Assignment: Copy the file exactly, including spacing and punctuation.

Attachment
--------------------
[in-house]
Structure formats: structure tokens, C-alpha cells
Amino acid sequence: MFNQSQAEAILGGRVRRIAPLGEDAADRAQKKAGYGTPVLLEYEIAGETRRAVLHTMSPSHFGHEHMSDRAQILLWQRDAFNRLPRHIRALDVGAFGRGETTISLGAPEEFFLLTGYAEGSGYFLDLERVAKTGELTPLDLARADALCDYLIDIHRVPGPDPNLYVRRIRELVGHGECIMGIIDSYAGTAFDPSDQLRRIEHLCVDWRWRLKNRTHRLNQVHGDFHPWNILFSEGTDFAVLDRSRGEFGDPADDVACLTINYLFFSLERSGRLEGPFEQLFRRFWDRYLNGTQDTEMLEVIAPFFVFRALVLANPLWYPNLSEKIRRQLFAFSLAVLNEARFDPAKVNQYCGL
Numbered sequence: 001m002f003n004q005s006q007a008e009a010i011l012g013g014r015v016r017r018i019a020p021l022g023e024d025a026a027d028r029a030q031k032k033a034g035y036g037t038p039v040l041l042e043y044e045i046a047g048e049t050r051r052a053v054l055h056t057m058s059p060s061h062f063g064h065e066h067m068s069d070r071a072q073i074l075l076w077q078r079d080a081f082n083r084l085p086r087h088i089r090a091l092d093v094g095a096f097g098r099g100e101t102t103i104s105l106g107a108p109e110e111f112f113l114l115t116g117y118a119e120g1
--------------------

[in-house]
Structure formats: structure tokens, C-alpha cells
Amino acid sequence: MFNQSQAEAILGGRVRRIAPLGEDAADRAQKKAGYGTPVLLEYEIAGETRRAVLHTMSPSHFGHEHMSDRAQILLWQRDAFNRLPRHIRALDVGAFGRGETTISLGAPEEFFLLTGYAEGSGYFLDLERVAKTGELTPLDLARADALCDYLIDIHRVPGPDPNLYVRRIRELVGHGECIMGIIDSYAGTAFDPSDQLRRIEHLCVDWRWRLKNRTHRLNQVHGDFHPWNILFSEGTDFAVLDRSRGEFGDPADDVACLTINYLFFSLERSGRLEGPFEQLFRRFWDRYLNGTQDTEMLEVIAPFFVFRALVLANPLWYPNLSEKIRRQLFAFSLAVLNEARFDPAKVNQYCGL
Numbered sequence: 001m002f003n004q005s006q007a008e009a010i011l012g013g014r015v016r017r018i019a020p021l022g023e024d025a026a027d028r029a030q031k032k033a034g035y036g037t038p039v040l041l042e043y044e045i046a047g048e049t050r051r052a053v054l055h056t057m058s059p060s061h062f063g064h065e066h067m068s069d070r071a072q073i074l075l076w077q078r079d080a081f082n083r084l085p086r087h088i089r090a091l092d093v094g095a096f097g098r099g100e101t102t103i104s105l106g107a108p109e110e111f112f113l114l115t116g117y118a119e120g1